There’s just one question I’d like you to ask yourself today. It’s “What the hell are they doing in Spurlockville, West Virginia and why is it turning everything downstream of it brown?”
I’m not really interested in talking about global warming in terms of the environment. It’s become a distraction–arguing about whether it exists and whether it’s manmade. Who cares? The truth is that we are too dependant on foreign oil (a.) and (b.) we’re too dependant on fossil fuels in general. People die pulling coal out of the ground. Look at what’s going on in Spurlock and tell me that whatever’s killing stuff downstream is not seeping into the people nearby.
We need to better manage and conserve our environment and the things in it because we are the things in it. If we build a culture so toxic to frogs and fish and birds and such that they die off, that’s the canary in the coal mine (so to speak).
A lot of the ugliest stuff that gets done to our environment gets done where few people with any power have to see it. This is one reason we need to enlist outdoorsy people of all sorts–from hikers to hunters–to be on the lookout for stuff. They go where most of us don’t. They talk to people who traditionally have no voice.
Being environmentally aware is just smart self-interest. And being able to back up that awareness with a government that can force changes in industrial practices (see how we circle back to plank one?) is paramount in that.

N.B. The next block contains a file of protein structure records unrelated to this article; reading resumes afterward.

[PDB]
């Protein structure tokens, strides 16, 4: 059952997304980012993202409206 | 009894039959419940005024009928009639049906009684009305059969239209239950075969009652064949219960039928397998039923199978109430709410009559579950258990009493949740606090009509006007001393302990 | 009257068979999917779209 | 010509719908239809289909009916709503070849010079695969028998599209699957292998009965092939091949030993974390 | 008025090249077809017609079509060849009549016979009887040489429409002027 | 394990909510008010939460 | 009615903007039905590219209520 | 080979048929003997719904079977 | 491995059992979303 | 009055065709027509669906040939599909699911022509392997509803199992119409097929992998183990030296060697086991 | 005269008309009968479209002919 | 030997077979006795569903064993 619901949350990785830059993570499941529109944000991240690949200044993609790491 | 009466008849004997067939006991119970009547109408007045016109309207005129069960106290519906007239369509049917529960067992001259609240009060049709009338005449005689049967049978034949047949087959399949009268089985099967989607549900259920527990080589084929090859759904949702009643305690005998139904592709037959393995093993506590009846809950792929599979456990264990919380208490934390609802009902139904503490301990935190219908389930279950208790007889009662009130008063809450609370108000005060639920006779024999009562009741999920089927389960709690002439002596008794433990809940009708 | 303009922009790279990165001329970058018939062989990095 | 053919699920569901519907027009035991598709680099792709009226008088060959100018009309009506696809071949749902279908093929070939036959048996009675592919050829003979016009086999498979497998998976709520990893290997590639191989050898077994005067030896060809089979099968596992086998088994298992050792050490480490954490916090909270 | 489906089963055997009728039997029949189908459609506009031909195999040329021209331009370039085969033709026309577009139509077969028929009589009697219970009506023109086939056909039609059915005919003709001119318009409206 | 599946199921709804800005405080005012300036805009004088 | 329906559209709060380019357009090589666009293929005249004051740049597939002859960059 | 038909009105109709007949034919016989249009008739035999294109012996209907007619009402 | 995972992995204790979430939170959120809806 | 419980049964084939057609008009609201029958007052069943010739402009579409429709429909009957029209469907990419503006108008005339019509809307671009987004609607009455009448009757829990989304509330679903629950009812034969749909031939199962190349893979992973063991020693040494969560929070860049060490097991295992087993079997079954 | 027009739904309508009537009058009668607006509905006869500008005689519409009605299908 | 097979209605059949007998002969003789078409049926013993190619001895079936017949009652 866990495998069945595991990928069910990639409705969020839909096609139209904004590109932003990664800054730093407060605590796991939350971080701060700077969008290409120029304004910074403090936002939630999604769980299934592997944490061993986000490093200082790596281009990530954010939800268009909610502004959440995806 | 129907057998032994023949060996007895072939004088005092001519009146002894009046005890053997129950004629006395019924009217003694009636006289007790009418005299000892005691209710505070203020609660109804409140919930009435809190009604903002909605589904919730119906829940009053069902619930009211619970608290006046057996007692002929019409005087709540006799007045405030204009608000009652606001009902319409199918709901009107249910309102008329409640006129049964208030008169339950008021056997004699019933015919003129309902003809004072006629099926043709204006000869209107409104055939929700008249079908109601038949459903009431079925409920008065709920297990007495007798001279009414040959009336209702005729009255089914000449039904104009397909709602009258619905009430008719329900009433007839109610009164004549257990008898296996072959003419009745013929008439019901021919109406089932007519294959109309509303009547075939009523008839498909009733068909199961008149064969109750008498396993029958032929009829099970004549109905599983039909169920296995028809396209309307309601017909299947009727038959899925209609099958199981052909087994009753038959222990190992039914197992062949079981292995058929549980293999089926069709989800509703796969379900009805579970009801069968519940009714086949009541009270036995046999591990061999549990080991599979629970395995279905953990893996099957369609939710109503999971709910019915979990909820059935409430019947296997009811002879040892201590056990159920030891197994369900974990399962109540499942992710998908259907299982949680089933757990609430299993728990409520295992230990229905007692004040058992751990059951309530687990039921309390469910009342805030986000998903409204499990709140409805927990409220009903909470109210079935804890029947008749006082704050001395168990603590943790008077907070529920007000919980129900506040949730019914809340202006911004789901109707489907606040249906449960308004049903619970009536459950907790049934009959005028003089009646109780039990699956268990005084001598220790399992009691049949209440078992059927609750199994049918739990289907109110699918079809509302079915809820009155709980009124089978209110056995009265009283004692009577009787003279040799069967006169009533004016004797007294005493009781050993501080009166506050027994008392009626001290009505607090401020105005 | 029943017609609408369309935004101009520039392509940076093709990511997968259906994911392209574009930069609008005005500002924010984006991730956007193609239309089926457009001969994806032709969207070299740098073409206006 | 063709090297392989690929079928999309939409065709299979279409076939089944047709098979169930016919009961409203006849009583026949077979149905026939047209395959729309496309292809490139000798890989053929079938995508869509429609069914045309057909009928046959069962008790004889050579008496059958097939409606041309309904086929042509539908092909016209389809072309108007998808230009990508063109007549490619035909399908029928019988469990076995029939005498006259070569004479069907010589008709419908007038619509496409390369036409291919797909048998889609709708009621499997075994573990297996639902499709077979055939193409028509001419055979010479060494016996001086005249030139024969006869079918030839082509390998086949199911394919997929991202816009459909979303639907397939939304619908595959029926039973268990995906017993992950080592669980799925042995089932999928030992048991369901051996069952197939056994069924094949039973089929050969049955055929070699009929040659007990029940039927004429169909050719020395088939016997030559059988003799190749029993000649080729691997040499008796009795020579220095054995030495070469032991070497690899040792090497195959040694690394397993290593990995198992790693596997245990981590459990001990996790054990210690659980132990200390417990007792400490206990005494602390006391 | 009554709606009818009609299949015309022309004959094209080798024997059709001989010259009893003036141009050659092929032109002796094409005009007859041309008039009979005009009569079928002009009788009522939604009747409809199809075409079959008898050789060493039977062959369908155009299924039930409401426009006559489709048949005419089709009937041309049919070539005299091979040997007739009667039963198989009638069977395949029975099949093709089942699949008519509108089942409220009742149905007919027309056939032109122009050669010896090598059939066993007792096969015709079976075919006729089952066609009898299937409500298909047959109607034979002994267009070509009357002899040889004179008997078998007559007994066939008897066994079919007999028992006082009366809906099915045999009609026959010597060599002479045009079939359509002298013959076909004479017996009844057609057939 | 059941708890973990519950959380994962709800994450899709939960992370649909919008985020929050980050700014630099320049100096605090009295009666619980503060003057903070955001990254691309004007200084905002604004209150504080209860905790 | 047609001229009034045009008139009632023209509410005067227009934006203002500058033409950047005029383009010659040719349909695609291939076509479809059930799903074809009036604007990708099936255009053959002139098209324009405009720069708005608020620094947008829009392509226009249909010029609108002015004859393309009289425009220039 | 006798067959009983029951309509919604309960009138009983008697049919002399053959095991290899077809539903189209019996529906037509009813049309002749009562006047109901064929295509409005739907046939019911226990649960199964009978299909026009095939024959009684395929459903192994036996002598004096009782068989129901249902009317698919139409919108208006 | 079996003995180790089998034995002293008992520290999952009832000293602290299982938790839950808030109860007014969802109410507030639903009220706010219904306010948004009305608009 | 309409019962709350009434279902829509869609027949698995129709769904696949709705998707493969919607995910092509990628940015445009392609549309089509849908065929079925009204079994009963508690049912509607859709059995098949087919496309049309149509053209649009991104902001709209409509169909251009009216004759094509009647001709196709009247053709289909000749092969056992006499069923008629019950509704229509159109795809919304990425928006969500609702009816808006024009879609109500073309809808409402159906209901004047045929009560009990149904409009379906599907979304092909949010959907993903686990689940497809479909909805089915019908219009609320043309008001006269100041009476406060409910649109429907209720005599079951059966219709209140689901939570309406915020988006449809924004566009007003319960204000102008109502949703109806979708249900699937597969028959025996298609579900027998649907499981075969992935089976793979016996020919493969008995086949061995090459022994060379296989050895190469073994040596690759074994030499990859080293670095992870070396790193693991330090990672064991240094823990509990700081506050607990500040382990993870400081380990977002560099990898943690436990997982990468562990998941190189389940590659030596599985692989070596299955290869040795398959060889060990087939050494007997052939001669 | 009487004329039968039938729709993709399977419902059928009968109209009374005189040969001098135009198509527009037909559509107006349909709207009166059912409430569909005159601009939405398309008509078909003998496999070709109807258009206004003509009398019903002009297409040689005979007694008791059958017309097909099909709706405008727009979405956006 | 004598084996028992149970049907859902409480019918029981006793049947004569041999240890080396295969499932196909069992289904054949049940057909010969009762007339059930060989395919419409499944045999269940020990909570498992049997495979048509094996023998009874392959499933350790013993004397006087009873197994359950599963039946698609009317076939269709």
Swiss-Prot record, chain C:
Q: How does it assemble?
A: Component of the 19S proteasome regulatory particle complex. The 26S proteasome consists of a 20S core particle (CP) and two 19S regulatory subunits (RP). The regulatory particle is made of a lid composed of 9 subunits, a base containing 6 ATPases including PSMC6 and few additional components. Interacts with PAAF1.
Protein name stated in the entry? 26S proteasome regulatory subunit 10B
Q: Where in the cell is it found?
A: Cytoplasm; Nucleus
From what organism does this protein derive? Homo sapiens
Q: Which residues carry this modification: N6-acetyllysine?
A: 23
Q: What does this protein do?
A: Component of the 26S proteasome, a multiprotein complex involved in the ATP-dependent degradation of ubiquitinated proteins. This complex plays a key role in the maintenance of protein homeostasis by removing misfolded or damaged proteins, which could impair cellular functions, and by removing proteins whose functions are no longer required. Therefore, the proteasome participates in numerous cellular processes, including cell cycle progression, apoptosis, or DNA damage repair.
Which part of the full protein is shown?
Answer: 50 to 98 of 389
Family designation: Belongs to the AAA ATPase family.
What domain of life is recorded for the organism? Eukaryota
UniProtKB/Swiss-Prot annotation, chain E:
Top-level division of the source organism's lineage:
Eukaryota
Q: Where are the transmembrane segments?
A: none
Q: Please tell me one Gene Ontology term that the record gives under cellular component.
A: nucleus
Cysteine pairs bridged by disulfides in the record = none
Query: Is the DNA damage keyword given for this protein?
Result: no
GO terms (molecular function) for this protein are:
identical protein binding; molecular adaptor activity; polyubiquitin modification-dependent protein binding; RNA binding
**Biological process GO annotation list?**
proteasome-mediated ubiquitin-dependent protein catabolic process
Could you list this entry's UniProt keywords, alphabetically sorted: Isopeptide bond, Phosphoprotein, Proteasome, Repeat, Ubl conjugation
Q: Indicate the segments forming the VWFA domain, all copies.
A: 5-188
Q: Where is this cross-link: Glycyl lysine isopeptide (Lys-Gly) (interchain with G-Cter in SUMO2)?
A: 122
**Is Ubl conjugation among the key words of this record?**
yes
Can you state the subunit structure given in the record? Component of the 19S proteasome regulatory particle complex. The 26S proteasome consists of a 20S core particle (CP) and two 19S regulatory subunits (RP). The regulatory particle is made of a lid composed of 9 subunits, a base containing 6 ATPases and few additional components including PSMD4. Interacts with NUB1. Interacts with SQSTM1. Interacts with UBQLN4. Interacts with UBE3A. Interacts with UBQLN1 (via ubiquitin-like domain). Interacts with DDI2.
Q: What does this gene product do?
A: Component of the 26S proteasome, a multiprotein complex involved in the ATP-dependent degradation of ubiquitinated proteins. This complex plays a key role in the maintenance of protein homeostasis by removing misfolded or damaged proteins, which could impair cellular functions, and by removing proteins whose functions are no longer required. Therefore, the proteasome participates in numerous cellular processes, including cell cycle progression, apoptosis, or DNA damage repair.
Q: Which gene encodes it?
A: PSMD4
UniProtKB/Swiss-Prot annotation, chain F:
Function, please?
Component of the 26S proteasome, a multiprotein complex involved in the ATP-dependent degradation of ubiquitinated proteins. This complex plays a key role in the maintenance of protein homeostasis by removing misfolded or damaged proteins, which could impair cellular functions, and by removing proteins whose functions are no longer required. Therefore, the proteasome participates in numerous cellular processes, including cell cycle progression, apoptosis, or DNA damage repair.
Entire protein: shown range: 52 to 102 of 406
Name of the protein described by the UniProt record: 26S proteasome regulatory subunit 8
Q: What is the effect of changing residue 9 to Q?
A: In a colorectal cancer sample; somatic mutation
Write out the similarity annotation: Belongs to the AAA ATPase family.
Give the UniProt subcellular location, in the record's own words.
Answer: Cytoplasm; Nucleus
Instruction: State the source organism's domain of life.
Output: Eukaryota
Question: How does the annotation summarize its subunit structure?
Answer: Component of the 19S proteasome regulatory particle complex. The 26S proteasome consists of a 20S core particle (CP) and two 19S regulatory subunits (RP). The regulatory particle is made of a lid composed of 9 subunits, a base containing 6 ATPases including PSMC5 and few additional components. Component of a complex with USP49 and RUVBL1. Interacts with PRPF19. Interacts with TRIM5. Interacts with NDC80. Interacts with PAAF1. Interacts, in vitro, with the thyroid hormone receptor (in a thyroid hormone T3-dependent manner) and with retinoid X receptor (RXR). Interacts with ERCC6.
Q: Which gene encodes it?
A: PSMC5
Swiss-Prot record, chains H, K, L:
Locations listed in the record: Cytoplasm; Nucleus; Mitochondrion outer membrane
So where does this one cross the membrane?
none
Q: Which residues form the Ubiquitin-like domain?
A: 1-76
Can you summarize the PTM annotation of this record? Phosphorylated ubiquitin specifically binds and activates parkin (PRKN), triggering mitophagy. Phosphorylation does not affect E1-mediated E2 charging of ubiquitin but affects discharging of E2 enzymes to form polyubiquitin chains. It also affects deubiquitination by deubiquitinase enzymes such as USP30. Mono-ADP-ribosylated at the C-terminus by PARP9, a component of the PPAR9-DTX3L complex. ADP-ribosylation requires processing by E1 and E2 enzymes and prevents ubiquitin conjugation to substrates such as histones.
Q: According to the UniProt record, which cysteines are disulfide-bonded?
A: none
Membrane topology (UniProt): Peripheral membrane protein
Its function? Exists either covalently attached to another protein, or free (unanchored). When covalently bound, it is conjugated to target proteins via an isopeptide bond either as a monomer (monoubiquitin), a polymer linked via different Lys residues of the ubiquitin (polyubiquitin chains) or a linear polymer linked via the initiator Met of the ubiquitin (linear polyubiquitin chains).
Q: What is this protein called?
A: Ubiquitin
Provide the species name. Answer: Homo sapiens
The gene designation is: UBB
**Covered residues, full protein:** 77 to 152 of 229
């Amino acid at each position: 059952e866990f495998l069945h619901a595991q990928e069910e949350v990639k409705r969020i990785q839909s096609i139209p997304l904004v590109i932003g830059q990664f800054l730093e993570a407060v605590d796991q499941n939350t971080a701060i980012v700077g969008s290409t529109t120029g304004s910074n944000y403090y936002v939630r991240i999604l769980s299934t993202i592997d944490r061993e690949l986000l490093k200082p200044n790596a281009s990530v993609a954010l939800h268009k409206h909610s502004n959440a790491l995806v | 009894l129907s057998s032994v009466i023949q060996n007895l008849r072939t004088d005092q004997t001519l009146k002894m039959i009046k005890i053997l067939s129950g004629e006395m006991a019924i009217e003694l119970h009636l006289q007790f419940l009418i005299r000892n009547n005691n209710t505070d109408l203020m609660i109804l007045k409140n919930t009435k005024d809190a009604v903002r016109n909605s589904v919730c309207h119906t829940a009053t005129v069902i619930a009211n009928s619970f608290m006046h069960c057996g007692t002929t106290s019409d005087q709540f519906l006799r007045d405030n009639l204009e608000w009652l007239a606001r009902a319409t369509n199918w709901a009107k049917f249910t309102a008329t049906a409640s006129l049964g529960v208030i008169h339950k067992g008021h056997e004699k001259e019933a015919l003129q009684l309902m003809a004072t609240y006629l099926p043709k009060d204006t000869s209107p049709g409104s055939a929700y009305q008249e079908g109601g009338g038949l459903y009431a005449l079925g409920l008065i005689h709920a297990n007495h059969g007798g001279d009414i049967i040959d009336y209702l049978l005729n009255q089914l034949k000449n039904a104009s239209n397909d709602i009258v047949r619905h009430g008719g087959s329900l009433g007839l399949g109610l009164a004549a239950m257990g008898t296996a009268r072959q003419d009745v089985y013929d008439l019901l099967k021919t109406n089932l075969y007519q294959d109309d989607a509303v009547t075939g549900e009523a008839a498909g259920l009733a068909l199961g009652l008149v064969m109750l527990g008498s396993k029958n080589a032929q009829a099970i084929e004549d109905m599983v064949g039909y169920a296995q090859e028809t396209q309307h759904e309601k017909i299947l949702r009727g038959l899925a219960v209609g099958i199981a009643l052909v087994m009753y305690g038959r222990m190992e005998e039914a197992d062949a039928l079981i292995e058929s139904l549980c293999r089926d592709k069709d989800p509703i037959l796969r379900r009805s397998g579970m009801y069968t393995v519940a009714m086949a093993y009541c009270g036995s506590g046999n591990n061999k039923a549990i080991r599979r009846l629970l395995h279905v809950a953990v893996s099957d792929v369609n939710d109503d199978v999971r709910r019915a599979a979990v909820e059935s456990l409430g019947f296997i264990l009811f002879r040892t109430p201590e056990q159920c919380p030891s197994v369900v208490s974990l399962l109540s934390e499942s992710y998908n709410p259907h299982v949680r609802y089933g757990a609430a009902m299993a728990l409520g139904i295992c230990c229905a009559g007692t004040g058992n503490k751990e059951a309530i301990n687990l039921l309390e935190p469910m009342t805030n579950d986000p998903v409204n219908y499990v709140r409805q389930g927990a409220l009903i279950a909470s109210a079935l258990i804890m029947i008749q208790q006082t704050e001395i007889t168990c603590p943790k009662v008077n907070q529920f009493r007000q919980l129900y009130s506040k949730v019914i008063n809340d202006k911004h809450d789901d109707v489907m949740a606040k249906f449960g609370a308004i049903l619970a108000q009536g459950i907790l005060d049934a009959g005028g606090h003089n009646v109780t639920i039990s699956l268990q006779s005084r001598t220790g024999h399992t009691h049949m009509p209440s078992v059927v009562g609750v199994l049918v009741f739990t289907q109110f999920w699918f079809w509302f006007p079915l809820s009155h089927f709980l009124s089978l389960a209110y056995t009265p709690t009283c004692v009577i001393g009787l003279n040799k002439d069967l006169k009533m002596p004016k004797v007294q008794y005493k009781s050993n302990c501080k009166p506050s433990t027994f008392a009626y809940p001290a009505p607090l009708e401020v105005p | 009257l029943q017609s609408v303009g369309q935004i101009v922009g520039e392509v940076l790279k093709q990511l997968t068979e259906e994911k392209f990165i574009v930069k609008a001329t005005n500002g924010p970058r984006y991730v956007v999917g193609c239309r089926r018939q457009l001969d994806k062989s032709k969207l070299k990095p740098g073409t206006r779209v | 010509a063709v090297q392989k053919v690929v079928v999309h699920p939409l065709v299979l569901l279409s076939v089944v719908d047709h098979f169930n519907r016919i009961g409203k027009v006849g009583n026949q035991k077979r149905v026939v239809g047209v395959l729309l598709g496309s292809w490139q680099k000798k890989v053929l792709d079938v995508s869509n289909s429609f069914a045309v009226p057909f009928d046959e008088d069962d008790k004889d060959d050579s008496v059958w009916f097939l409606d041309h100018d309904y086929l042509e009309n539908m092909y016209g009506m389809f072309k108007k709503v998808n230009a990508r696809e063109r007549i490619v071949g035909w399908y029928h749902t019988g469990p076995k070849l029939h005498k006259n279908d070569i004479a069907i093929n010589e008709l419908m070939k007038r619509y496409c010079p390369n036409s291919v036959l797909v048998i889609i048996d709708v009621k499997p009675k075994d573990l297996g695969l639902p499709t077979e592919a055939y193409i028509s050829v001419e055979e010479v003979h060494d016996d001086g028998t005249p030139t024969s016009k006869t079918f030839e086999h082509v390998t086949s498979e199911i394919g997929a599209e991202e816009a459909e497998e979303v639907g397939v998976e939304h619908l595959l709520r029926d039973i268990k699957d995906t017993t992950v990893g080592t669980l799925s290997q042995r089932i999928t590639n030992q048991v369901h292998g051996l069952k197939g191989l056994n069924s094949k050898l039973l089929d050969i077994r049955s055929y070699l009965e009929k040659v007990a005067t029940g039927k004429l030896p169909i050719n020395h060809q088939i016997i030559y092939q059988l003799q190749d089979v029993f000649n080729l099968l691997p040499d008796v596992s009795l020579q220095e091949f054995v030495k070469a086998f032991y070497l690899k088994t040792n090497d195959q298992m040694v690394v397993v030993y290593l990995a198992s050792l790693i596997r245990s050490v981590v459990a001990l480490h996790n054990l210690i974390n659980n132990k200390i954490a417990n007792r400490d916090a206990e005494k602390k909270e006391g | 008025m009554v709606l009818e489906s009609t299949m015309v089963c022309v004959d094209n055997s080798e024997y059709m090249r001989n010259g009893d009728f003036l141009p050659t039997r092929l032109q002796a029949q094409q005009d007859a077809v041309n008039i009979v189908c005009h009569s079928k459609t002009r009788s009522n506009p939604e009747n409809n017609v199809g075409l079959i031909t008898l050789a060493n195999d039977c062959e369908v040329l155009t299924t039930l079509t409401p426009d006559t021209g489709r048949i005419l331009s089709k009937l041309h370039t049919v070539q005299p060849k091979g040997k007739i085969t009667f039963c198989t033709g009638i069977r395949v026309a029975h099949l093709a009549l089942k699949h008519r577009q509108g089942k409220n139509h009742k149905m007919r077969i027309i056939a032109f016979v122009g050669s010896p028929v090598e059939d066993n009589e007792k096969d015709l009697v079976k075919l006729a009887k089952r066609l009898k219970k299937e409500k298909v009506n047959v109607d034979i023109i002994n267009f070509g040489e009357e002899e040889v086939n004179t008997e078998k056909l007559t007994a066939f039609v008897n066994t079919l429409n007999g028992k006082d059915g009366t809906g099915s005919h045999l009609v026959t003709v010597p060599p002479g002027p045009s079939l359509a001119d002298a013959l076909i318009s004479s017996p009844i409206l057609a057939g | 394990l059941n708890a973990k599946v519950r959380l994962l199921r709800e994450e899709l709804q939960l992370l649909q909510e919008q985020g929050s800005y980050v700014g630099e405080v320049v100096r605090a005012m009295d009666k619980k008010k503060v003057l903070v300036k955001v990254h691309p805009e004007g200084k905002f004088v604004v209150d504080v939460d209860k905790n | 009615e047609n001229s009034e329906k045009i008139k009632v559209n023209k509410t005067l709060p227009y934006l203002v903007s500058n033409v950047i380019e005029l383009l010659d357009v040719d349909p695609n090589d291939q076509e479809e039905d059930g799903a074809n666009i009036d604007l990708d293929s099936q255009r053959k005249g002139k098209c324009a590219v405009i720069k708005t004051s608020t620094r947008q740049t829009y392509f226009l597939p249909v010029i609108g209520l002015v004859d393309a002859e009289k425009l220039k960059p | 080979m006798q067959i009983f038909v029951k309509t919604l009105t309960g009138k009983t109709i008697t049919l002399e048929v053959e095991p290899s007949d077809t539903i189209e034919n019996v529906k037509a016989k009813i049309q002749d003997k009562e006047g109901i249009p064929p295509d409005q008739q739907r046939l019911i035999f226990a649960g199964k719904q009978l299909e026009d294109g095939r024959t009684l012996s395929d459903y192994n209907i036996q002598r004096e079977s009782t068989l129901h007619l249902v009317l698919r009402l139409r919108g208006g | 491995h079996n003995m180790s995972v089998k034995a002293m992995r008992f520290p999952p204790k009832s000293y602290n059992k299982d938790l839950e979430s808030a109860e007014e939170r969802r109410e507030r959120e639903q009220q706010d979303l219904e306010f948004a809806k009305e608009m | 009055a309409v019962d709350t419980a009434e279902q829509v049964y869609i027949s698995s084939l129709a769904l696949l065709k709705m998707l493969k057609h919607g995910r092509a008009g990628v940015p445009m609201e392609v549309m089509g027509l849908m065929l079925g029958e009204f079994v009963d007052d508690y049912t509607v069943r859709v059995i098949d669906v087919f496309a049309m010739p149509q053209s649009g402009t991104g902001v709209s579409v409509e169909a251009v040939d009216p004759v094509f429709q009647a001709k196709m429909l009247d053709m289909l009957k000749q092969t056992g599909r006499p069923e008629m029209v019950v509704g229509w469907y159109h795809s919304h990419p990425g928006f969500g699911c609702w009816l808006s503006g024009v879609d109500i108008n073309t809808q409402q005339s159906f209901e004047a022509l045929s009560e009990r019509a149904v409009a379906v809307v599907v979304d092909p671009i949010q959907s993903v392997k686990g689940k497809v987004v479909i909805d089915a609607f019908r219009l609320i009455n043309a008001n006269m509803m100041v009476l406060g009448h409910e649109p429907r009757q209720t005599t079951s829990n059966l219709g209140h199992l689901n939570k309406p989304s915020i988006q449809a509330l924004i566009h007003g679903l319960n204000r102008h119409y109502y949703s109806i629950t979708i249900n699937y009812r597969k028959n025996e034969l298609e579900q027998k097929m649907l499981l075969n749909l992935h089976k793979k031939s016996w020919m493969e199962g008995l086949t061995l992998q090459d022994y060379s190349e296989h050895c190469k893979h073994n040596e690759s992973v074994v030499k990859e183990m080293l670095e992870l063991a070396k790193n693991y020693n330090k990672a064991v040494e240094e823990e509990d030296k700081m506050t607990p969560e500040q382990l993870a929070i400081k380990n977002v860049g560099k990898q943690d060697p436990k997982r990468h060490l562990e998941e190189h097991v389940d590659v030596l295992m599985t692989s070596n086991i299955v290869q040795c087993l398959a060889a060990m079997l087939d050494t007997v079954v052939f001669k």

I remember researching mountain top removal with SuperMousey for her 4H speech. When regular people actually see the aftermath of this practice, they literally recoil in horror. It is possibly the ugliest business I’ve ever seen.
That said, coal may be yet another resource we can use until we develop cheaper ways to harness sunlight, and I have no problem with the fact that mine work is dangerous. Building freeways, railroads, and dams is quite dangerous, and people died, but the to try and make the excavation “safe” leads to ideas like MTR.
I’m no fan of coal, but coal mining could be made safer, if the mine owners, didn’t make the rules, this is just another place this administration has let the fox guard the hen house.
Yep. A lot of the environmental (and social) problems we’re having currently could be drastically slowed by doing this pretty much everywhere. Holding companies to (already existing, implemented successfully in other places, not really all that hard in the grand scheme of things) standards and not letting them buy up the people making the rules gives you cleaner air (because it’s not like we don’t have efficiencies all up and down the fuel spectrum), safer environments for workers, and less damage to all of us.
It doesn’t solve the underlying problems, of course, which are as much technological and chemical as they are social… but it would give us more time to solve them and cut the amount of damage that needs to be fixed.